by Elena Zhang
I was eleven years old when I first tasted blood.
Climbing the crabapple tree that grew behind the house, I tried to show my mother how close I could get to the sun without touching its incandescence and melting into a puddle of flesh, leaving a pile of white bones as pure and clean as the delicate china we used to sip our bitter tea. Look, Mama, I said, look how I tower over you. It was the only time I ever felt worthy of her gaze, when I reached my hand out for the next spindly rung of the ladder that led to everything and nothing, a temporary pedestal that held me aloft like a prize she could polish and shine with spit and cloth as she showed me to her friends and said, This is my daughter, look how she gleams.
But the tree branches were too young to hold the weight of all my insecurities and fears. My lip split open when I met the ground, and without thinking my tongue slithered out to greet the fresh liquid that spilled out, bright as crushed strawberries but thick as honey. It was a part of me and then it was a part of me again, dissolving on my tongue as quickly as a snowflake disappears on the back of a hand.
Mama tutted while holding a white handkerchief over the wound, but the communion I took in my mouth was all that really mattered to me that sun-splattered afternoon. I understood the miracle of immortality, folding in on itself like a body curling up, limbs contorting, making itself smaller and smaller until it’s a seed that grows into a crabapple tree that shakes young boys and girls off like fleas.
So when I watched my mother clutch at her throat seven years later, her lips turning blue from a heart attack, my father holding her and telling her not to go, bu yao zou, while my little brother clutched at her skirts as he sobbed, I knew what I had to do.
I took the body from its resting place and dragged it to the shed, its feet leaving tracks through the muddy grass, daring someone to find me. No one did, so I hoisted it onto a table and gutted it like a fish, just like Mama taught me how to do many summers ago.
With satisfaction, I fed her to my father and my brother, their lips smacking of her as she became stuck in their teeth, as she wormed her way into their stomachs, skin, bones, and hair, and I knew that I could never replace Mama, could never live up to her perfection, but I could give them this.
I ate, too—the grief inside of me a giant maw of hunger. I devoured her whole until she shrank into a seed, then I swallowed that, too, and in my stomach her roots found purchase, ready to grow pink blossoms and sturdy limbs and little children to shake off like fleas.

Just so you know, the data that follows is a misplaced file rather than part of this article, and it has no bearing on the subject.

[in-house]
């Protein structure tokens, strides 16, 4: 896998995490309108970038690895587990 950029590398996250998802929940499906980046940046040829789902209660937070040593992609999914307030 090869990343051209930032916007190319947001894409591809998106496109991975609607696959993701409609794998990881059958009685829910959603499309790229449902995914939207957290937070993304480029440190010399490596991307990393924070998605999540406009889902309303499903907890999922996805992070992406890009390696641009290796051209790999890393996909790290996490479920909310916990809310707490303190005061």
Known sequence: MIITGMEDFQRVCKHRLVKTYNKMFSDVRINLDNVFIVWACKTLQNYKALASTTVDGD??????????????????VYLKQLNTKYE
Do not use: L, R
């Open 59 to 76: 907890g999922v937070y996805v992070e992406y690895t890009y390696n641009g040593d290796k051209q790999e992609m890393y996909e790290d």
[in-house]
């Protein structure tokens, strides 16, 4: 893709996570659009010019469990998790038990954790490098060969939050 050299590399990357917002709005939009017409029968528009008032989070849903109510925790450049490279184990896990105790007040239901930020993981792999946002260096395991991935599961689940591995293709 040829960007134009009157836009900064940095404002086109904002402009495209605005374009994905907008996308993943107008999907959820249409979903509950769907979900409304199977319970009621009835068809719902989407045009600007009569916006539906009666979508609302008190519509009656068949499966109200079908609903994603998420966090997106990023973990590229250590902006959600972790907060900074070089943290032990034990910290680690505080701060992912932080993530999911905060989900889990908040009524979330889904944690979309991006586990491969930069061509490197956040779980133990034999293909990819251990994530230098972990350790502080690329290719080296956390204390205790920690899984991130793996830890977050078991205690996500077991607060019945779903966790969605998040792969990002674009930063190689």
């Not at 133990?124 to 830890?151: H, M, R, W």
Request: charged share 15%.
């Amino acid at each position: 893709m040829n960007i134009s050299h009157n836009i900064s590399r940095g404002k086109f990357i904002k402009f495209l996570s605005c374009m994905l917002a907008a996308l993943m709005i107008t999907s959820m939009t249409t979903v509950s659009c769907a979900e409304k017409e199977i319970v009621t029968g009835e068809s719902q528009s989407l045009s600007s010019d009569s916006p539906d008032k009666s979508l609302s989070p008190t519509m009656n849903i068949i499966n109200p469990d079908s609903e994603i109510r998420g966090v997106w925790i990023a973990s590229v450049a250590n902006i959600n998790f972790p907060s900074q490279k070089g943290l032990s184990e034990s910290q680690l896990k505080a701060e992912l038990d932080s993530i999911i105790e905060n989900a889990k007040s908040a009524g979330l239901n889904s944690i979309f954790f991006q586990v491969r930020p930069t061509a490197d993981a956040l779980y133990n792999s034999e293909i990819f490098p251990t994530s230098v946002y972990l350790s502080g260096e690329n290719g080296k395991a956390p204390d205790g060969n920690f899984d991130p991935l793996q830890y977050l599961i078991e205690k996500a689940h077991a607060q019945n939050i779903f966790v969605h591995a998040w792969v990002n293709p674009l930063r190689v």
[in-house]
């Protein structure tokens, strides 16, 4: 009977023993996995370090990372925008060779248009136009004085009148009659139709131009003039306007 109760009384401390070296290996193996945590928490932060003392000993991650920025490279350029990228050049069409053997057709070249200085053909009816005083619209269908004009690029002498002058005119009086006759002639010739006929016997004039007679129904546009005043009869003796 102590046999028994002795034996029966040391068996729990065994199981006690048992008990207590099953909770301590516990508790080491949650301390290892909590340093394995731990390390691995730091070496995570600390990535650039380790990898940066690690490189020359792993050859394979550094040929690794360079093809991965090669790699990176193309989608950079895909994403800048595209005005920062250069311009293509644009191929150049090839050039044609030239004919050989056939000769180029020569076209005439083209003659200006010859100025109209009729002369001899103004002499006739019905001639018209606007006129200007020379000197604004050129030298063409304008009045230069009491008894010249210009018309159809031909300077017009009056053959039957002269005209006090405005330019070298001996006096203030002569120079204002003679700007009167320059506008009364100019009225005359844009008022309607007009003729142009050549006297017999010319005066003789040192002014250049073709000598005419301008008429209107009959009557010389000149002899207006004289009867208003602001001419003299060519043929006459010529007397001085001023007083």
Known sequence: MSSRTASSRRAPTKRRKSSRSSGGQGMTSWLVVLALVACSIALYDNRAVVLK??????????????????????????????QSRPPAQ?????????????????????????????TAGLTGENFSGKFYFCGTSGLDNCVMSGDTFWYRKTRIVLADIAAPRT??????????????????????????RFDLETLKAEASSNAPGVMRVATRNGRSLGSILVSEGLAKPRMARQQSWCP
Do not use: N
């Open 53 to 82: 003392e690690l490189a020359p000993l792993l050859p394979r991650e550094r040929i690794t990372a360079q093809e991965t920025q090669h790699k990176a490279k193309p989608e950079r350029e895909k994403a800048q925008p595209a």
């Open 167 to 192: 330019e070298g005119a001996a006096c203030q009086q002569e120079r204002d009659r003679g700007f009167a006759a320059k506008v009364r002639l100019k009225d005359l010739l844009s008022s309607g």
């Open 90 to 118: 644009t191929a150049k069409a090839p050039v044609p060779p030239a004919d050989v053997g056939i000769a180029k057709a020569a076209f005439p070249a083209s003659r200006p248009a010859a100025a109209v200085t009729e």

When the Phone Rang
It’s exhilarating to swim in the glistening viscera, the cherry juice brush strokes on hot black tar. My wheels slip on a heartbeat as I inhale my own noxious perfume, sweet and sticky and mine mine mine. When what’s left of your pink lips asks me “Why?” I can only laugh because I’m already gone, rainbow lights blurring into a dizzy soup of freedom.
I Worry About You
You said to give my anxiety a name, so I called her “Mother,” because no one went by that name anymore. At first she hovered over me like the fruit flies in my kitchen, the ones in love with the rotting blackberries I had left on the counter overnight, pulling back blankets of white cotton to get at the bleeding flesh underneath. She whispered in my ear about the cancer that slept in my cells, about the fragile tick tick tick of my heart. Sleep eluded me when Mother regaled me with bedtime stories of car crashes and charring corpses, of that one time I stuttered in front of Diane and how my C-minus in algebra was the reason I would never succeed at my job. But in time I grew comfortable with Mother always by my side, holding my hand as I brushed my teeth and folded my laundry, as I wrote lists and took vitamins and eschewed company for the comfort of her lullabies. She told me to stay home, told me not to talk to anyone, told me what to eat and what not to eat. It was nice to have someone fret over me like that. So I promised Mother that I would listen to her and only her, and she kept me safe until one day I grew to love Mother, and could therefore no longer hear the muffled wails of the ghost that lived under my house, the one that cried, “My baby, my baby, someone is hurting my baby.”
Elena Zhang is a freelance writer and stay-at-home mom living in Chicago. Her work has appeared in The Rumpus, Catapult, Hazlitt, and Paste Magazine, among others. Follow her on twitter @EZhang77